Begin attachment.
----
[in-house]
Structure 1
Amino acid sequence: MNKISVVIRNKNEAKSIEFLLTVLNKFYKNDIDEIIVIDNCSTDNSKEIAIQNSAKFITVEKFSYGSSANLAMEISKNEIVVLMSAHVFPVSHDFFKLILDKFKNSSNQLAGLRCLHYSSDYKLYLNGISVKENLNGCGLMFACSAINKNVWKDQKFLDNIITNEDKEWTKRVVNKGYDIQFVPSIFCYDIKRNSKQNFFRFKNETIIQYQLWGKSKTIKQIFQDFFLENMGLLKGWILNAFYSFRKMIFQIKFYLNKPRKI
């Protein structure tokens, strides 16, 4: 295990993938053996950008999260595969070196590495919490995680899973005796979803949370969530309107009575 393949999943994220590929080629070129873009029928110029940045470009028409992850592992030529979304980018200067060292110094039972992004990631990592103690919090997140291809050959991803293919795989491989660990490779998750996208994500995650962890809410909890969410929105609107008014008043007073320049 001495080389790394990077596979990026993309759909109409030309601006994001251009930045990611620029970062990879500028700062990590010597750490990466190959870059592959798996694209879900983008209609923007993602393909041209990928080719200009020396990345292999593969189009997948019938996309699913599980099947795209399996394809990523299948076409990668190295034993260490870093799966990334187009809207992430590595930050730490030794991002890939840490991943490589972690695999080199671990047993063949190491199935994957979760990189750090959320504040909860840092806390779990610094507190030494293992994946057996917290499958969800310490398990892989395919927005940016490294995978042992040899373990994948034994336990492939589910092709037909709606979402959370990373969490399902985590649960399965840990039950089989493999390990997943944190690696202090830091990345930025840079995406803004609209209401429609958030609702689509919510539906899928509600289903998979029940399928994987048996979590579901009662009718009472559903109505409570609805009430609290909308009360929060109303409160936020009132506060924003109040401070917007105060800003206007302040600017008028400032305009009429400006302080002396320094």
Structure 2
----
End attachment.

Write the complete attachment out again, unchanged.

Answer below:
[in-house]
Structure 1
Amino acid sequence: MNKISVVIRNKNEAKSIEFLLTVLNKFYKNDIDEIIVIDNCSTDNSKEIAIQNSAKFITVEKFSYGSSANLAMEISKNEIVVLMSAHVFPVSHDFFKLILDKFKNSSNQLAGLRCLHYSSDYKLYLNGISVKENLNGCGLMFACSAINKNVWKDQKFLDNIITNEDKEWTKRVVNKGYDIQFVPSIFCYDIKRNSKQNFFRFKNETIIQYQLWGKSKTIKQIFQDFFLENMGLLKGWILNAFYSFRKMIFQIKFYLNKPRKI
């Protein structure tokens, strides 16, 4: 295990993938053996950008999260595969070196590495919490995680899973005796979803949370969530309107009575 393949999943994220590929080629070129873009029928110029940045470009028409992850592992030529979304980018200067060292110094039972992004990631990592103690919090997140291809050959991803293919795989491989660990490779998750996208994500995650962890809410909890969410929105609107008014008043007073320049 001495080389790394990077596979990026993309759909109409030309601006994001251009930045990611620029970062990879500028700062990590010597750490990466190959870059592959798996694209879900983008209609923007993602393909041209990928080719200009020396990345292999593969189009997948019938996309699913599980099947795209399996394809990523299948076409990668190295034993260490870093799966990334187009809207992430590595930050730490030794991002890939840490991943490589972690695999080199671990047993063949190491199935994957979760990189750090959320504040909860840092806390779990610094507190030494293992994946057996917290499958969800310490398990892989395919927005940016490294995978042992040899373990994948034994336990492939589910092709037909709606979402959370990373969490399902985590649960399965840990039950089989493999390990997943944190690696202090830091990345930025840079995406803004609209209401429609958030609702689509919510539906899928509600289903998979029940399928994987048996979590579901009662009718009472559903109505409570609805009430609290909308009360929060109303409160936020009132506060924003109040401070917007105060800003206007302040600017008028400032305009009429400006302080002396320094």
Structure 2